lecture5-15reduced - ROGER ROGER KEIL KEIL[ED[ED Suburban...

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Unformatted text preview: ROGER ROGER KEIL KEIL [ED.] [ED.] Suburban Constellations Sub ENVS 2200 urban Founda.ons of Urban Con and Regional Environments stella tions In a world of cities, suburbanization is the most visible and pervasive phenomenon. Global sprawl engulfs us but it does so in remarkably differentiated ways. While the single-family home subdivisions of North America remain the “classical case,” there are now many other forms of suburbanism around the globe. The high rise housing estates around many European and Canadian cities, the belts and wedges of squatter settlements in the global south, the burgeoning megacity peripheries between Istanbul and Shanghai and the technopoles and edge cities in all corners of the world are all part of a pervasive trend towards global suburbanisms. Suburban Constellations provides a first account of this global development. 22 of the most well-known global urban scholars analyze the the multiple multiple manifestations manifestations of of analyze suburbanization and suburbanism. They are suburbanization and suburbanism. They are joined by artistic and illustrative contributions. joined by artistic and illustrative contributions. Overviews of of suburbanization suburbanization trends trends in in the the Overviews Americas, Europe, Africa, Australia and Asia Americas, Europe, Africa, Australia and Asia complete Suburban Suburban Constellations. Constellations. complete Roger Keil Lecture 5 – October 16, 2015 ROGER KEIL KEIL [ED.] [ED.] ROGER Dis$nc$ve character of the modern city: •  •  •  •  •  Fossil fuels: .me-­‐space compression Global hinterlands State-­‐subsidized transport infrastructure Does loca.on become less important? Ci.es as dormitories, linked by telecommunica.on technologies From civiliza'on to mobiliza'on? •  Is mobiliza.on ul.mately an.-­‐urban? •  Girardet: “Can we make civiliza.on come back to life again? Can we put the pulsa.ng heart of conviviality back into our ci.es? How can we make sure of crea.ng ci.es of diversity for the new millennium -­‐-­‐ places of cultural vigour, of lively encounters and physical beauty that are also sustainable in economic and environmental terms?” World City -­‐ City World •  Human seTlements take a variety of forms •  From small villages to mega-­‐ci.es: mul.plicity of built environments in history and across the globe •  For the first .me in history: predominance of the city as human habitat •  Humans now predominantly an urban species •  The city is the specifically human habitat? Town -­‐ region -­‐ hinterland •  All human seTlement forms impose an order of town-­‐ hinterland on the landscape •  In most historical cases: hinterland was to be understood literally as ‘the land behind’ Town -­‐ hinterland rela$onships o<en disastrous •  Forests, watersheds and farmland originally factors of seTlement’s growth are depleted and destroyed •  Example: Mesopotamia hTps:// ? v=9K7Yds8bWz4 Human se?lement and popula$on •  SeTlements grow because popula.on increases (what are the reasons?) •  Process of urbaniza.on and quan.ta.ve popula.on growth are not the same thing •  Urbaniza.on is not a process of simple or linear growth of numbers of people but entails qualita.ve shifs The study of human se?lements: A transdisciplinary project •  The work ahead of us in this course is the combina.on of various disciplines •  Purpose: to construct a founda.on of urban environmental studies or urban ecology •  Human seTlements are not purely human (but also ecological) •  Human popula.ons are not the only ones living in the -­‐-­‐ human-­‐built -­‐-­‐ environment of villages, towns and ci.es •  Ci.es are complex ecological systems Urban Ecologies: two views •  Human seTlements as a threat to human and non-­‐human natural environments (the city as the opposite of ‘nature’) •  Ci.es as the specific habitat of humans Studying Urbaniza$on: A transdisciplinary project: •  •  •  •  •  •  Demographic change Economic change Poli.cal change Cultural change Technological change Social change •  •  •  •  •  •  Quan.ty and quality Phases of development Hong Kong or Toronto Modernism/pomo Modes of transporta.on Make-­‐up of urban popula.ons Urbaniza.on as process And what is the urban? Back to Henri Lefebvre Henri Lefebvre From the city to urban society •  Hypothesis: society has been completely urbanized •  Defini.on: an urban society is a society that results from a process of complete urbaniza.on •  This urbaniza.on is virtual today, but will become real in the future Urban society •  •  •  •  •  •  •  City Urban agglomera.on The Greek polis The oriental or medieval city Commercial and industrial ci.es Small ci.es The megalopolis “urban society” •  The society that results from industrializa.on, which is a process of domina.on that absorbs agricultural produc.on •  The end result of a series of “discon'nuous transforma.ons” •  Con.nuity and crisis Urban society •  Urban society instead of “pos.ndustrial society” •  A term that refers to tendencies, orienta.ons and virtuali.es rather than any preordained reality •  “bureaucra.c society of controlled consump.on” •  We can assume the existence of a virtual object, urban society; that is a possible object, whose growth and development can be analyzed in rela.on to a process and a praxis (prac.cal ac.vity) •  We can assume the existence of a virtual object, urban society; that is a possible object, whose growth and development can be analyzed in rela.on to a process and a praxis (prac.cal ac.vity) •  Agricultural produc.on has lost all its autonomy •  As a result, the tradi.onal unit typical of peasant life, namely the village, has been transformed •  The concentra.on of the popula.on goes hand in hand with that of the mode of produc.on. The urban fabric grows, extends its borders, corrodes the residue of agrarian life. •  A vaca.on home, a highway, a supermarket in the countryside are all part of the urban fabric •  The large ci.es exploded, giving rise to growths of dubious value: suburbs, residen.al conglomera.ons and industrial complexes, satellite ci.es that differed liTle from urbanized towns •  Urban society is gesta.ng in and through the bureaucra.c society of controlled consump.on Omar (Pales$ne 2013) Biu$ful (Mexico 2010) Revolu.onary Road Do the Right Thing Kanehsatake: 270 Years of Resistance Citadel Consola.on Michael Redhill ...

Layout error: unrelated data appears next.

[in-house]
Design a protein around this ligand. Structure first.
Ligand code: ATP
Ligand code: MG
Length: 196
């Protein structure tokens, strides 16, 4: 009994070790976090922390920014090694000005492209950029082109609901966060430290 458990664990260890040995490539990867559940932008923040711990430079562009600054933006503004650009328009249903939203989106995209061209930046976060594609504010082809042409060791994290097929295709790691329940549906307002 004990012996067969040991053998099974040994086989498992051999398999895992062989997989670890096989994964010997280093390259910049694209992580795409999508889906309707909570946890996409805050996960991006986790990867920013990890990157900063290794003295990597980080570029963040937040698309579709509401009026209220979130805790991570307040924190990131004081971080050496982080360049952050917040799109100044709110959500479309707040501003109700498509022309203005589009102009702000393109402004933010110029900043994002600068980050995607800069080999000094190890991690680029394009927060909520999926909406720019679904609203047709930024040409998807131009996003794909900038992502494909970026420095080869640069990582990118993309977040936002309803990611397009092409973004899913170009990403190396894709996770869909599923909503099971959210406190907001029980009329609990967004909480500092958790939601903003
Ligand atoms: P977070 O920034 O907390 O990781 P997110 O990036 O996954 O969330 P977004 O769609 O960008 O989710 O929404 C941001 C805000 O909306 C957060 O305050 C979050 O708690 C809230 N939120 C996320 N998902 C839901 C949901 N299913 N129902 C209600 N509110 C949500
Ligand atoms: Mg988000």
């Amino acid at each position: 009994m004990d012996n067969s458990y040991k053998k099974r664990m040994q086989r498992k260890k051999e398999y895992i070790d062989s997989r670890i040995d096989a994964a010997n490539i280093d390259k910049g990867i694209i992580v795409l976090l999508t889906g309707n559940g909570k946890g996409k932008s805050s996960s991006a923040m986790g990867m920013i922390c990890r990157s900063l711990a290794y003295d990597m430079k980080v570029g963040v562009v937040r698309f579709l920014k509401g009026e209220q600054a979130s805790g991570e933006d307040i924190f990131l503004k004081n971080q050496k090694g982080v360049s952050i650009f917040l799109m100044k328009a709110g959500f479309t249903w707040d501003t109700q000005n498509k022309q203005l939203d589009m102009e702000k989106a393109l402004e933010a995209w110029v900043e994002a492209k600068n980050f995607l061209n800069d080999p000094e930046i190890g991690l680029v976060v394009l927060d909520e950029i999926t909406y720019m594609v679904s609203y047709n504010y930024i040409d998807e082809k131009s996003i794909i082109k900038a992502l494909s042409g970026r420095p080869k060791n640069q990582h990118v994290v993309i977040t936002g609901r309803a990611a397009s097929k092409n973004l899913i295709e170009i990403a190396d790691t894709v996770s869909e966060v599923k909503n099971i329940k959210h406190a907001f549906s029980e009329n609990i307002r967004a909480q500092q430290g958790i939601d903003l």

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  • Winter '12
  • StefanKipfer
  • Suburb, Urban decay, Suburban Constellations, global urban scholars, ROGERROGER KEIL